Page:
While a tumultuous software release would have been fitting in a year like 2020, watchOS 7 will find no such infamy. Stoically iterative, this year’s update to the Apple Watch operating system is lacking in surprises. But is that such a bad thing?
We spent years on the wild frontier of watchOS design and experience. As fun as it was to deconstruct each year’s crazy changes, the results were a product that didn’t yet know its purpose. These days that’s no longer the case. The Apple Watch exists primarily as a health and fitness device, and secondarily as a lightweight interface for many of the tasks you do on your iPhone each day. Also, it’s a watch.
watchOS 7 is all about health and fitness, plus some love for the Apple Watch’s watch-ness with a big supply of new faces and face-related features. A few more reasons to use your Watch instead of pulling out your iPhone are also sprinkled in, such as the new Shortcuts app and cycling directions in Maps.
While it may not be the most exciting annual update, there’s not much to complain about with the overall direction of watchOS 7. As always though, we can still dive deep into the implementation of the new features. Let’s break them each down and see how Apple did with watchOS 7.
I’ve used Things off and on as my primary task manager for as long as I’ve used Apple devices, which is just over a decade now. During that time the app has been remarkably consistent at supporting new OS features as soon as Apple launches them, and this year is no exception. In its latest update, Things has added new widgets for iOS and iPadOS 14 as well as a unique implementation of Scribble for creating new tasks. Apple Watch users will find a couple useful new complication options too.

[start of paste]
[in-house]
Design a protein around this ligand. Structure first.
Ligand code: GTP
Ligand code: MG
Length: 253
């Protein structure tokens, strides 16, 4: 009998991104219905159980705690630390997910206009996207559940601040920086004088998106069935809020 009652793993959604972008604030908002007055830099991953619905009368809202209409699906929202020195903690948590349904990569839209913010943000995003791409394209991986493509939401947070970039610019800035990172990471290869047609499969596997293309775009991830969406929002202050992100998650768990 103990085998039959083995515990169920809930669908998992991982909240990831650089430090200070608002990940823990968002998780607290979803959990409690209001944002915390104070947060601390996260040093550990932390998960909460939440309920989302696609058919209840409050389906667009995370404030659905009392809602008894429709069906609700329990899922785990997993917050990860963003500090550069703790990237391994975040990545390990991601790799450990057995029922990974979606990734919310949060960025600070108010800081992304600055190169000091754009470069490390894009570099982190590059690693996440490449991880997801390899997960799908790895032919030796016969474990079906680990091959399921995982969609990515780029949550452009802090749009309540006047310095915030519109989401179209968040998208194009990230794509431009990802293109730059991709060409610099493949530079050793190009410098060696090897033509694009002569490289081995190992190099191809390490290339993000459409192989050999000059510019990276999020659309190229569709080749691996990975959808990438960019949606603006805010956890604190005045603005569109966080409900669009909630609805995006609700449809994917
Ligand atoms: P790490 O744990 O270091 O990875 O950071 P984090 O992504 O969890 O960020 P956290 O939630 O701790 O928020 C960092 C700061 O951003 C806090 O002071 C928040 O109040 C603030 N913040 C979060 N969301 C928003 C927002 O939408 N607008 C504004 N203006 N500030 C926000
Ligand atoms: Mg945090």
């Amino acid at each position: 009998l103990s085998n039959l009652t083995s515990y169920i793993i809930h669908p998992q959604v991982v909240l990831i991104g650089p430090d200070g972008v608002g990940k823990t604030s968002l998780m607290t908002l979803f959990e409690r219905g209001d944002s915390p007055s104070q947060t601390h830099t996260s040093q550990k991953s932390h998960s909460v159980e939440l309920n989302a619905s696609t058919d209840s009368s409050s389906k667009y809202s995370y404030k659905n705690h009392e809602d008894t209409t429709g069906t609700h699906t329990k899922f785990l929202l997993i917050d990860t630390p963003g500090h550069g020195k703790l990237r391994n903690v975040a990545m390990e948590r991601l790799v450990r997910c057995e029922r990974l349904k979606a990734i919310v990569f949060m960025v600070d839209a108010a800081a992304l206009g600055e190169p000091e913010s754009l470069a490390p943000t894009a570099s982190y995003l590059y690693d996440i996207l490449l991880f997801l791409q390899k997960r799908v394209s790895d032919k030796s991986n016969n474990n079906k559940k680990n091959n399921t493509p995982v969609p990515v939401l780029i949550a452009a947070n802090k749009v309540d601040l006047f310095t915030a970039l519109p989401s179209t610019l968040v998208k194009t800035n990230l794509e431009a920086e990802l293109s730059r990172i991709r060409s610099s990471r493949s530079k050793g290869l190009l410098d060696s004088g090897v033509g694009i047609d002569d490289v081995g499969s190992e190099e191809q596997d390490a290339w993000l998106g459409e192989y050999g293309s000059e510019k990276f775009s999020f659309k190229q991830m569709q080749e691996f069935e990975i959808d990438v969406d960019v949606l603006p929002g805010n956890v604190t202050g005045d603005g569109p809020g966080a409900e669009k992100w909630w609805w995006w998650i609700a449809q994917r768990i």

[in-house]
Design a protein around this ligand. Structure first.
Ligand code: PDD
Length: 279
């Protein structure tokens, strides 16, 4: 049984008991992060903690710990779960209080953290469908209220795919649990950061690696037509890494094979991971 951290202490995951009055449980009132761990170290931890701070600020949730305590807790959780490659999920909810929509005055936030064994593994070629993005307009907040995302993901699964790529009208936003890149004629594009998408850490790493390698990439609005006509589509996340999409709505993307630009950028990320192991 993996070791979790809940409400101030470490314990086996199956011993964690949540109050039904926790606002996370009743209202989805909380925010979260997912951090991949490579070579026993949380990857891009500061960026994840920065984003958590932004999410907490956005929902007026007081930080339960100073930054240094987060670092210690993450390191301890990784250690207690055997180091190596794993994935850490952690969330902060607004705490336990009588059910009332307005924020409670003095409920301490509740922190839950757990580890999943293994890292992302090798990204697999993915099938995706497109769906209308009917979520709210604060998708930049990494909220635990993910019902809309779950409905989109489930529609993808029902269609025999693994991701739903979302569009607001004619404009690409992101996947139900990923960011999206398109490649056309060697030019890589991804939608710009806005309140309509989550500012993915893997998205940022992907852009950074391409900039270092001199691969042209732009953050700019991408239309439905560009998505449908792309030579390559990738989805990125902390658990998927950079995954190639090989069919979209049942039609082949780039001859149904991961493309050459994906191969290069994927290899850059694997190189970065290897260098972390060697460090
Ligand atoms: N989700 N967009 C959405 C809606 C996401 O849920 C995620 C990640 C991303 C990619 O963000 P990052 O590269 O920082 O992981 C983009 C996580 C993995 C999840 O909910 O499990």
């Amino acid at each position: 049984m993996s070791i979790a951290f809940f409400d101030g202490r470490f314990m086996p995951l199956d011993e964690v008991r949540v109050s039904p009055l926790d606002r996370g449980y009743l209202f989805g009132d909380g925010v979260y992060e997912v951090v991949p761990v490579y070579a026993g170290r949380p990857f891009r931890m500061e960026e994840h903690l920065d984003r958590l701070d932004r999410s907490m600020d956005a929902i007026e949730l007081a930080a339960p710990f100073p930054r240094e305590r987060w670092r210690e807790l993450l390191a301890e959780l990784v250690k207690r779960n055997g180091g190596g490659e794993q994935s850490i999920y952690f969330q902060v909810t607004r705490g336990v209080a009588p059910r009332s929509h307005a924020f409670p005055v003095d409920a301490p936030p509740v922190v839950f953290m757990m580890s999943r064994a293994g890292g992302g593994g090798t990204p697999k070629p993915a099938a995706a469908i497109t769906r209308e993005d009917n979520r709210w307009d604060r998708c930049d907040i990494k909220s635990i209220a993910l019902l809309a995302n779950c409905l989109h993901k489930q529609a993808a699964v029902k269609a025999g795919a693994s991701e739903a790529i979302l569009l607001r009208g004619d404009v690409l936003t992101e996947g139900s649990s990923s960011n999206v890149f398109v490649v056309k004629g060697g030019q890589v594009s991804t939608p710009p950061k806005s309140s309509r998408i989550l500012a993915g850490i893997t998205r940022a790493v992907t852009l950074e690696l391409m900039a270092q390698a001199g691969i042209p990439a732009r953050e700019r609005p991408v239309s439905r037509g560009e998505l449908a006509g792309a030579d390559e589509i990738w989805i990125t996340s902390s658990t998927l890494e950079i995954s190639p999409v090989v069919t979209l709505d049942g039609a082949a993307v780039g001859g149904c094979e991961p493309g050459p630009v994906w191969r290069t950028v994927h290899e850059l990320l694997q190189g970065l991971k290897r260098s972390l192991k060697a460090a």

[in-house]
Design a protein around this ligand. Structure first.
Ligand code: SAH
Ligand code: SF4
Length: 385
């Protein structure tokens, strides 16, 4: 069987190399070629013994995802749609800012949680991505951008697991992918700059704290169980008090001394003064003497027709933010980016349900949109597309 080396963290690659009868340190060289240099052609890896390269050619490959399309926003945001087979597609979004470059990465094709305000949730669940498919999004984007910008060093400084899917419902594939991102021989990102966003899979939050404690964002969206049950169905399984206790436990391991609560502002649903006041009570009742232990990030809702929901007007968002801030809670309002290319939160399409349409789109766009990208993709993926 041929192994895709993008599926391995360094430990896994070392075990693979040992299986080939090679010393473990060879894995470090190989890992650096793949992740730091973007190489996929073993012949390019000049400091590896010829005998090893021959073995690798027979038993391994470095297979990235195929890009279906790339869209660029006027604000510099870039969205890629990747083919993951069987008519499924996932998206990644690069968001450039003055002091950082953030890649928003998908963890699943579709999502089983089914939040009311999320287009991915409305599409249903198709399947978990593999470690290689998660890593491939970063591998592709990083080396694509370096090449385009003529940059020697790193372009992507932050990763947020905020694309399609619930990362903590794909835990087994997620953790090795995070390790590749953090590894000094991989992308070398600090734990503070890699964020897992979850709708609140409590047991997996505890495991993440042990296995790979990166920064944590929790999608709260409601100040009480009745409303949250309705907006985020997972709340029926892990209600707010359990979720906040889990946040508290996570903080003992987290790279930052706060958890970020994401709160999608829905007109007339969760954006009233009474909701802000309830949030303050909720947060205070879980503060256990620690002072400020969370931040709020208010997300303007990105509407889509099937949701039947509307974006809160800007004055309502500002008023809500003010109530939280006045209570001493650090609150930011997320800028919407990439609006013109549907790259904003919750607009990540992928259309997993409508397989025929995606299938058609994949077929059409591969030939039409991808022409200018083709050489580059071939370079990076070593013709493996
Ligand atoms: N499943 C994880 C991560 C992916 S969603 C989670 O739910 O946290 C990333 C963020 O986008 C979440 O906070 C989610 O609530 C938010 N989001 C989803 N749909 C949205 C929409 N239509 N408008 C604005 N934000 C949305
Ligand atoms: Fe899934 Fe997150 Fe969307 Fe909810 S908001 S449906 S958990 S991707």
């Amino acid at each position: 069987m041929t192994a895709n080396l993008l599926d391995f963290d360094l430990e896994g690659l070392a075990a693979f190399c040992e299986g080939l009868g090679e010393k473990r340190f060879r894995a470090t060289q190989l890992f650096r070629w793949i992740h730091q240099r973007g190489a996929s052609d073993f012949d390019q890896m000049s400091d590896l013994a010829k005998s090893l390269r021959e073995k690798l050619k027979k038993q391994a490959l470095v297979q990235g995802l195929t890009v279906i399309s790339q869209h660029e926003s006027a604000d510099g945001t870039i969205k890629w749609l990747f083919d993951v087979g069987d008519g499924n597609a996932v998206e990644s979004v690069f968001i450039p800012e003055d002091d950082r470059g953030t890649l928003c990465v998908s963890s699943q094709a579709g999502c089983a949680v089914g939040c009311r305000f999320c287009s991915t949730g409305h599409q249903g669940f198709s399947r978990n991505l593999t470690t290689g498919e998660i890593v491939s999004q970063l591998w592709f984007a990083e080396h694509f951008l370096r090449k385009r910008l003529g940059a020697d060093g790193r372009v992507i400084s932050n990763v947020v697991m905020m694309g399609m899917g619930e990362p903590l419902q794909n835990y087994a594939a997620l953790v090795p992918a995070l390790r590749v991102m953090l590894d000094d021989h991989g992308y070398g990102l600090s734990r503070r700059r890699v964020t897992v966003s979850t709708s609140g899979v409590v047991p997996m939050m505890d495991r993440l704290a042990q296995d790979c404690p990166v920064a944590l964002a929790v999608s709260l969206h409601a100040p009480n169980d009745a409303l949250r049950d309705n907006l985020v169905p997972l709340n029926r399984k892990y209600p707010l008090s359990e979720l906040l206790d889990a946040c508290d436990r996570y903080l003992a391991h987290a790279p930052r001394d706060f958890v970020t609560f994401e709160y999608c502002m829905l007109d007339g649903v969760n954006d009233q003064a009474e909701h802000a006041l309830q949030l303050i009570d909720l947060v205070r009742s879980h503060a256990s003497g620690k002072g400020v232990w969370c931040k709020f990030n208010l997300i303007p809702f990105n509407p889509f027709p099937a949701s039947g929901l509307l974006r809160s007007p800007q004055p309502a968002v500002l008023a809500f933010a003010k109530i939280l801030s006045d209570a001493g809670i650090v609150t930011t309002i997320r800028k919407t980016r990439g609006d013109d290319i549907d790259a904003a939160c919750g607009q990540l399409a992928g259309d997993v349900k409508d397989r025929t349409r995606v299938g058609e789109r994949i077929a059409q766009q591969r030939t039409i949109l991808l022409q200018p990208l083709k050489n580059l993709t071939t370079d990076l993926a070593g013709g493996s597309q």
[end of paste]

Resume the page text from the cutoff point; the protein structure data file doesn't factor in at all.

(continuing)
On the surface, the update may seem simple and straightforward: new widgets, Scribble support, and new complications. But as the team at Cultured Code has done time and time again, their implementation of new OS technologies is thoughtful and even innovative, especially on iPad.
Widgets in iOS and iPadOS 14 are here and can be saved to your iPhone or iPad Home screen. A lot of third-party app updates will be trickling out in the days and weeks ahead with support for their own custom widgets, vying for your limited Home screen space.